By Keon Parsa
On a hot Tuesday in July, I got the opportunity to ride with Bob Patten, the Trail Development Program Manager at Maryland-National Capital Park and Planning Commission (M-NCPPC). We checked out Sligo Creek Trail, the Rhode Island Trolley Trail (which is currently being extended), and the Northwest Branch Anacostia River Trail.
Along the way, Bob shared with me some of the complexities of planning the multi-use trails that countless residents in Prince George’s county enjoy daily. Of course, there are natural barriers: rivers, hills, and trees. Then, there are the man-made: houses, roads, and sewer lines.
But then, there was the political: What happens when a trail has to cross over county lines or state lines? Can we get agreement to purchase private property, or get the school board or transit agency to let the trail cross their land? Will the trail run through a floodplain, wetlands, or a forest conservation area? Who owns the road that the trail will have to cross, or run alongside? Who will be responsible for the trail once it is complete, and how do we make sure it stays maintained?
To me, these political barriers seem even greater than the natural and man-made. It was disheartening to hear that in this complex process, there is the need for so much interaction with countless stakeholders, agencies, and regulatory bodies to the point where it actively slows down the construction of new trails which have already received funding. At the same time, I was relieved to know that people like Bob at the M-NCPPC are working tirelessly to overcome these barriers, and bring the joys of active transportation and recreation to as many PG County residents and visitors as possible.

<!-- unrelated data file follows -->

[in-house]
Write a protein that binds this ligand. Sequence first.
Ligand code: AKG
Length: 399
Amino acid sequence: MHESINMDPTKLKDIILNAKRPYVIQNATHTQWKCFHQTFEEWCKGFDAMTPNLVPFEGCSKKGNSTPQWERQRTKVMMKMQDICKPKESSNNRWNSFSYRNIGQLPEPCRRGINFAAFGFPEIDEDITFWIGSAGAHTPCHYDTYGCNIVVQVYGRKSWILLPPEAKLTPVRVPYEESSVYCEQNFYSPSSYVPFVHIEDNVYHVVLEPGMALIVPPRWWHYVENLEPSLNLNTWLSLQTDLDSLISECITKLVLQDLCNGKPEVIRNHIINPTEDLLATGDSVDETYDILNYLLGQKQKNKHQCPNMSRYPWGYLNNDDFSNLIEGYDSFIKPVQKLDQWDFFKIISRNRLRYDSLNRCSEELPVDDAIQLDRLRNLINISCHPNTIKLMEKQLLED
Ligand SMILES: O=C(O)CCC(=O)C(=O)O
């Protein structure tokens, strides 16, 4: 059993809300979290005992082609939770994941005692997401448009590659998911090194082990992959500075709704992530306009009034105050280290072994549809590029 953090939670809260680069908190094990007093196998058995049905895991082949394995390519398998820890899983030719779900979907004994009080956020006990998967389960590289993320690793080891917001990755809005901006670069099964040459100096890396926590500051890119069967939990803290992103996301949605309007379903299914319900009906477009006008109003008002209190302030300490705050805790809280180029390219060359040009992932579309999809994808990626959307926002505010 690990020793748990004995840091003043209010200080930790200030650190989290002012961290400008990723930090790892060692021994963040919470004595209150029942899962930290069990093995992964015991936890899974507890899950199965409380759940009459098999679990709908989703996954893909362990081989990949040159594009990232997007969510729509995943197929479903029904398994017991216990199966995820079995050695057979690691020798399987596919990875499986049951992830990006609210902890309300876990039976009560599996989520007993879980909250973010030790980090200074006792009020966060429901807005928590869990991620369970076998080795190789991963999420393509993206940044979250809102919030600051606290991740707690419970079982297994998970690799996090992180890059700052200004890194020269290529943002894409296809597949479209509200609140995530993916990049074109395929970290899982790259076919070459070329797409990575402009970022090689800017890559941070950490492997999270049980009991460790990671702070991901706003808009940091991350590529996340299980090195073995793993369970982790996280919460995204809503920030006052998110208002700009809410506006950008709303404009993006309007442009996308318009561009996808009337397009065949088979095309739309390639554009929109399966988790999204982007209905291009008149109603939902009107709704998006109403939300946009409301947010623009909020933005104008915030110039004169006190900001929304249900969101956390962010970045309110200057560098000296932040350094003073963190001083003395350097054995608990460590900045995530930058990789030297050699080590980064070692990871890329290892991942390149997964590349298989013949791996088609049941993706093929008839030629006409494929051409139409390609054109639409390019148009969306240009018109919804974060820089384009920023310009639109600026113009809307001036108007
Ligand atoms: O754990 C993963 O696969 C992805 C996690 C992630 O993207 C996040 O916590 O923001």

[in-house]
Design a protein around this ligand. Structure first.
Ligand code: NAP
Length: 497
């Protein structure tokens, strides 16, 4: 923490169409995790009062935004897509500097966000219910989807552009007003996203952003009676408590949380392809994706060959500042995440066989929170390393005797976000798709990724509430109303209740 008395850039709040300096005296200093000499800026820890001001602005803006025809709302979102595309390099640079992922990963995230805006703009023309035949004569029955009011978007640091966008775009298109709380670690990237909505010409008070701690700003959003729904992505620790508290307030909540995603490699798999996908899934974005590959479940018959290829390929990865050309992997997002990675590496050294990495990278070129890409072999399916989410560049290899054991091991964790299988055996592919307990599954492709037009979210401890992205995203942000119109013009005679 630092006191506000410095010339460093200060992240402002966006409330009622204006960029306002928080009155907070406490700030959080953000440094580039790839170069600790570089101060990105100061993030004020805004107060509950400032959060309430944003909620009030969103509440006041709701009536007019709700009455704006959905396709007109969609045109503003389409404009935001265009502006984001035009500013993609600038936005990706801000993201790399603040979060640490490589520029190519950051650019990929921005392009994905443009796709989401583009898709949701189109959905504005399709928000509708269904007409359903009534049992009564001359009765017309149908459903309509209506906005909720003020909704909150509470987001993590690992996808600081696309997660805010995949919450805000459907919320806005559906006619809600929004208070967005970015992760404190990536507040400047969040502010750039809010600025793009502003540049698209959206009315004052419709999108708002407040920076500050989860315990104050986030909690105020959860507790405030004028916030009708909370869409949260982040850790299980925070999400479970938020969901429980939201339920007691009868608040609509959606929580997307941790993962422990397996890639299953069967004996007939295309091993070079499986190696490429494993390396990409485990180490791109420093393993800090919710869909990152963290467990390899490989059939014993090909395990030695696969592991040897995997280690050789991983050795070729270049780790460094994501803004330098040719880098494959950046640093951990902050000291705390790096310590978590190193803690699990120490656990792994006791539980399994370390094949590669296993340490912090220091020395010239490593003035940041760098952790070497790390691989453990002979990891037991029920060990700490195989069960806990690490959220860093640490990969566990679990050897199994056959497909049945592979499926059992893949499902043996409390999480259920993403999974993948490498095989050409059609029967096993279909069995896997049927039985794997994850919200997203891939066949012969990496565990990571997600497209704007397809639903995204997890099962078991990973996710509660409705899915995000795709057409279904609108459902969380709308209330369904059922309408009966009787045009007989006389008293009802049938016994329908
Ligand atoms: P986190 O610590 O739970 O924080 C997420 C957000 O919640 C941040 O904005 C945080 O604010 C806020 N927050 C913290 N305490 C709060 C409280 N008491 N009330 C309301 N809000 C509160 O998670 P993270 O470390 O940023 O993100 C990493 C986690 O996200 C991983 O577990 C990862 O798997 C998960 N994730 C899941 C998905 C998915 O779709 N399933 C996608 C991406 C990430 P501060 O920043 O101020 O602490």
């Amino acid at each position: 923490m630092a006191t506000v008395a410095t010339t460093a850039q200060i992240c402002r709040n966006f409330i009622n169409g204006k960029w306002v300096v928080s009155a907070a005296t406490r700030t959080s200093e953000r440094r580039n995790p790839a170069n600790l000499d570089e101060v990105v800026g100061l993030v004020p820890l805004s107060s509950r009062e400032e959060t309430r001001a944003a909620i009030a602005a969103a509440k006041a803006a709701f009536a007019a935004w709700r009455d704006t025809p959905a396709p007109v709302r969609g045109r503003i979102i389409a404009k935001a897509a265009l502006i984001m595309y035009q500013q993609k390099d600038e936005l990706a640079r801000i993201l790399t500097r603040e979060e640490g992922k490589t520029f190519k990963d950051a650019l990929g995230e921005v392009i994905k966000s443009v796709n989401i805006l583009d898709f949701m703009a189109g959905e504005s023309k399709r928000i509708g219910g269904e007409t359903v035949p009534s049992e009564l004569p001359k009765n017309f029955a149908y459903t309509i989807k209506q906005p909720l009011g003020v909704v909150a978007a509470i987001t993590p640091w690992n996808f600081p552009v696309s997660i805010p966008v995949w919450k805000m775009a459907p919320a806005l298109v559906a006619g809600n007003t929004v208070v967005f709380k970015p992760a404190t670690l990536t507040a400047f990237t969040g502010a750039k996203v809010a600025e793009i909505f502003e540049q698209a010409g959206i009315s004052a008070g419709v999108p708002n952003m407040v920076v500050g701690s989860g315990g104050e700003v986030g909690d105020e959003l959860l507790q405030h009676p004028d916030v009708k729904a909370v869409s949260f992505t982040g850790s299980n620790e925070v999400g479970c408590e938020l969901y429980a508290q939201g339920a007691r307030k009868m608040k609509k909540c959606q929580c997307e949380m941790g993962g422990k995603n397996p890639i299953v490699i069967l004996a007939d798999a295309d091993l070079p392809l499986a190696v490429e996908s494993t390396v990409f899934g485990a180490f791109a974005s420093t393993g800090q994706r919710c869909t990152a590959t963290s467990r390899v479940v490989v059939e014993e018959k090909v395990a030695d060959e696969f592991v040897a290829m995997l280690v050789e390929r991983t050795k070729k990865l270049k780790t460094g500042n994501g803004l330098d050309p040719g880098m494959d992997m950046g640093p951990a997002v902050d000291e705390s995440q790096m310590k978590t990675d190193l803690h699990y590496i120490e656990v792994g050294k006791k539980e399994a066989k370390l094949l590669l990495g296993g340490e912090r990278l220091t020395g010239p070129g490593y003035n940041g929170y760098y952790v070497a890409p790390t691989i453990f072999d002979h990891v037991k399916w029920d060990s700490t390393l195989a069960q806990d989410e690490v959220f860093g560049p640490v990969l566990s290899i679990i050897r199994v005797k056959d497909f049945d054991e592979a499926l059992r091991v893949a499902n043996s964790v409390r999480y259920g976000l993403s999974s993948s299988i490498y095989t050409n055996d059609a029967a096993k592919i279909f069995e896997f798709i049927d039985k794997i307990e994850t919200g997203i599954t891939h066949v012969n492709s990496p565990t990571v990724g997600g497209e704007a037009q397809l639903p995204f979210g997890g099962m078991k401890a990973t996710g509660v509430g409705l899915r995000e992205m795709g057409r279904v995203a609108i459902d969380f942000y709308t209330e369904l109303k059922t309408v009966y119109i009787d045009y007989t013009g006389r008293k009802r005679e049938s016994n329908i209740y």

I ask if you use and enjoy the growing trail and park network in Prince George’s County, that you please show your support to help get more miles of trails built next year. Write to the M-NCPPC to show them your appreciation and let them know which trails you would like to see prioritized. Write to the Prince George’s County Council to show your support for hiring additional planners at the M-NCPPC, to loosen tight restrictions on building trails, and for more funding to build new trails. Write to the Prince George’s County Department of Public Works & Transportation to let them know how important the trail network is to you as a means of getting around Prince George’s County. If you live in a town or city with its own government, consider reaching out to them too.
With so much internal political friction, change needs to happen from the bottom up, and only you can do that!
Keon completed a summer internship with the Washington Area Bicyclist Association focused on improving transportation equity with a focus on Prince George’s County. Keon shared a his takeaways from a trail ride in Prince George’s County above.